The Caldwell machine gun was designed by Thomas Caldwell of Melbourne, who moved to the United Kingdom to bring his invention to notice of Imperial Authorities. The weapon was in appearance similar to the Maxim gun, but came with two barrels, capable of working in conjunction or separately with a discharge of 500 rpm. It used pan magazines containing 104 rounds, instead of the belt feed of the Maxim gun which was prone to jamming.
Tho Caldwell Machine Gun Company's invention of a quick-firing machine gun was recently sent to London in charge of Captain 0. H. Moss and the inventor (Mr. T. F. Caldwell). Tho directors have now received information from their representatives and Messrs. Light and Fulton, solicitors to the company in London, that the gun has been sold, subject to certain conditions, for £5,000 in cash, £1 per gun royalty on all guns manufactured in Great Britain, and ten per cent of the consideration received from the sale of foreign rights or licenses The manufacturers are now completing a new gun under the super-vision of Mr. Caldwell, whose services have been taken over at $1,000 per annum. The new gun will shortly be submitted to the Admiralty.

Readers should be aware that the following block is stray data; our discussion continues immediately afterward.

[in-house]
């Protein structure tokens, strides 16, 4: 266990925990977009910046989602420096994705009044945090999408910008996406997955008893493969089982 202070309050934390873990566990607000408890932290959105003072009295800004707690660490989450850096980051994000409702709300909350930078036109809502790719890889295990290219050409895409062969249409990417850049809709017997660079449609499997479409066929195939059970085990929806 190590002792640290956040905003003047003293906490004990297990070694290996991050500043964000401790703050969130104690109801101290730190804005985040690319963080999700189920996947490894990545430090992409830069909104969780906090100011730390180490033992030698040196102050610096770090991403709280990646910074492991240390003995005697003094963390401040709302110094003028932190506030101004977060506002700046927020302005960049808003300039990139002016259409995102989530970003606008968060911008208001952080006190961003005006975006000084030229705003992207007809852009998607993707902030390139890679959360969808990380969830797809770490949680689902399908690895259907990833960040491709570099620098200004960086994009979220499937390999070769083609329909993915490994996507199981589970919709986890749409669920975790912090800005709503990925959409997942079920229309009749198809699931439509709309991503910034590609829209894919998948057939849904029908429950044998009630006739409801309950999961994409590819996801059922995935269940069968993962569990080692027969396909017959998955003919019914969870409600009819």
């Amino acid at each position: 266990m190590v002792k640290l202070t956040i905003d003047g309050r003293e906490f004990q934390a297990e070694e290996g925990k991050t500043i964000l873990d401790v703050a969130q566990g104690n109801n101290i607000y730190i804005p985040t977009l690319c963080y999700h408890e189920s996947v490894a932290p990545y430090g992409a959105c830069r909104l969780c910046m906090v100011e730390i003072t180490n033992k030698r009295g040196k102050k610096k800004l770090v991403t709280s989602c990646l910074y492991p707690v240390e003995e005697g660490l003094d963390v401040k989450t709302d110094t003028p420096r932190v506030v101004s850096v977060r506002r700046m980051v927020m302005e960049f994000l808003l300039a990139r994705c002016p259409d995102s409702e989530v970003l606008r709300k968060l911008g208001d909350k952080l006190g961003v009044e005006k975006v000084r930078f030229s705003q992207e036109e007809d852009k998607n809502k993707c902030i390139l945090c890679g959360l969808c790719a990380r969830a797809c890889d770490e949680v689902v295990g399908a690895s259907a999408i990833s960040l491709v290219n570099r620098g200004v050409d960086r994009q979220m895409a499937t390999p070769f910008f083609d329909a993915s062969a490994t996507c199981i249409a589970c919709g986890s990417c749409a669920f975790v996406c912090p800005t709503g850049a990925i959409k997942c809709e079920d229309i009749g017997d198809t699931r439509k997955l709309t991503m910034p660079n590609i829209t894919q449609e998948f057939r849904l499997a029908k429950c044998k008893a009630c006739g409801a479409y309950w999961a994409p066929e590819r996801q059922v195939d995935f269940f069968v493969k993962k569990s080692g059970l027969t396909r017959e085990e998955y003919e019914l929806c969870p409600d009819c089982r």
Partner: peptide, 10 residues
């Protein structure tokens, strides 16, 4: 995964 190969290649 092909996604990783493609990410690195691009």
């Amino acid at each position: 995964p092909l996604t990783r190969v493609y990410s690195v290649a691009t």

The weapon has two barrels and is chambered in the .303 British round. The cooling jacket is similar to the Maxim gun but comes with a steam valve. The Caldwell is lighter and simpler than the Maxim and can be field stripped in under 1 minute without the use of tools. The rate of fire of the Caldwell is variable as the gun is fired with a hand crank with the rate of fire dependent on the operator.
- ↑ CALDWELL MACHINE GUN CO. The Argus, Saturday 20 March 1915, Page 21
- ↑ CALDWELL MACHINE GUN. Poverty Bay Herald, Volume XLII, Issue 13645, 27 March 1915, Page 4
- ↑ http://paperspast.natlib.govt.nz/cgi-bin/paperspast?a=d&d=PBH191503184.108.40.206
- ↑ http://www.freepatentsonline.com/1090124.pdf
- ↑ http://www.ibiblio.org/hyperwar/USN/ref/MG/I/MG-A.html